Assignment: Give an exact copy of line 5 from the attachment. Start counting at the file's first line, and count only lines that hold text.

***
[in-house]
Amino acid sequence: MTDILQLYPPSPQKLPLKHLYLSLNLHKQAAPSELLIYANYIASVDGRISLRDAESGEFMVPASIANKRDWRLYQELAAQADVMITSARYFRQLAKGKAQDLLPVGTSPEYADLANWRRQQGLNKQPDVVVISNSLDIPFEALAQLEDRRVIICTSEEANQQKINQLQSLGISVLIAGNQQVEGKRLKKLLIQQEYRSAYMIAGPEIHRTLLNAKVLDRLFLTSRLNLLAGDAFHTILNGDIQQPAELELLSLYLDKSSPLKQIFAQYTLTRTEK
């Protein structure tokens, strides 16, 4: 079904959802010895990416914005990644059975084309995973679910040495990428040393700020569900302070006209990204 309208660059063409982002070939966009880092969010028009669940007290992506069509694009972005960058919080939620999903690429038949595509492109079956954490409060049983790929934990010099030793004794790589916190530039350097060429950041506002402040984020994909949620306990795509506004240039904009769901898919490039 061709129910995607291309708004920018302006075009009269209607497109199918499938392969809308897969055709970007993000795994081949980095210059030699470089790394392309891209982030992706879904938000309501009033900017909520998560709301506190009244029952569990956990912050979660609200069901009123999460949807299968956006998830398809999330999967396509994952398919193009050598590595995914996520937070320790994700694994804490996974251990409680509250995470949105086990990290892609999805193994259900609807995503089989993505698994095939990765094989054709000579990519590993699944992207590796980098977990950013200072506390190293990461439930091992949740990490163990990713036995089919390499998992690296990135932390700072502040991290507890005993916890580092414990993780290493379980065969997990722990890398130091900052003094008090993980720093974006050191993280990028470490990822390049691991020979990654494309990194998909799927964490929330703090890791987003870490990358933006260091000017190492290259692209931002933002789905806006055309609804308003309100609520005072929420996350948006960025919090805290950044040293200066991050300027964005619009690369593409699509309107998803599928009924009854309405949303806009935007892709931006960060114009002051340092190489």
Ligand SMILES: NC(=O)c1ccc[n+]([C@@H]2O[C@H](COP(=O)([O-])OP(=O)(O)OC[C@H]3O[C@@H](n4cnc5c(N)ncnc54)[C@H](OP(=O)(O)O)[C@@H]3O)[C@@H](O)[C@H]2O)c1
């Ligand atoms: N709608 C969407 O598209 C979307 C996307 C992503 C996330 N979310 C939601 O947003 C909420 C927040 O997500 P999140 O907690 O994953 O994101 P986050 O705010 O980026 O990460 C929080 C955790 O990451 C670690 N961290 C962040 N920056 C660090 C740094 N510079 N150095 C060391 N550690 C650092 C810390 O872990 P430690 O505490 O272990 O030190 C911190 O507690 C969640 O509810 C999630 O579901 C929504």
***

């Ligand atoms: N709608 C969407 O598209 C979307 C996307 C992503 C996330 N979310 C939601 O947003 C909420 C927040 O997500 P999140 O907690 O994953 O994101 P986050 O705010 O980026 O990460 C929080 C955790 O990451 C670690 N961290 C962040 N920056 C660090 C740094 N510079 N150095 C060391 N550690 C650092 C810390 O872990 P430690 O505490 O272990 O030190 C911190 O507690 C969640 O509810 C999630 O579901 C929504």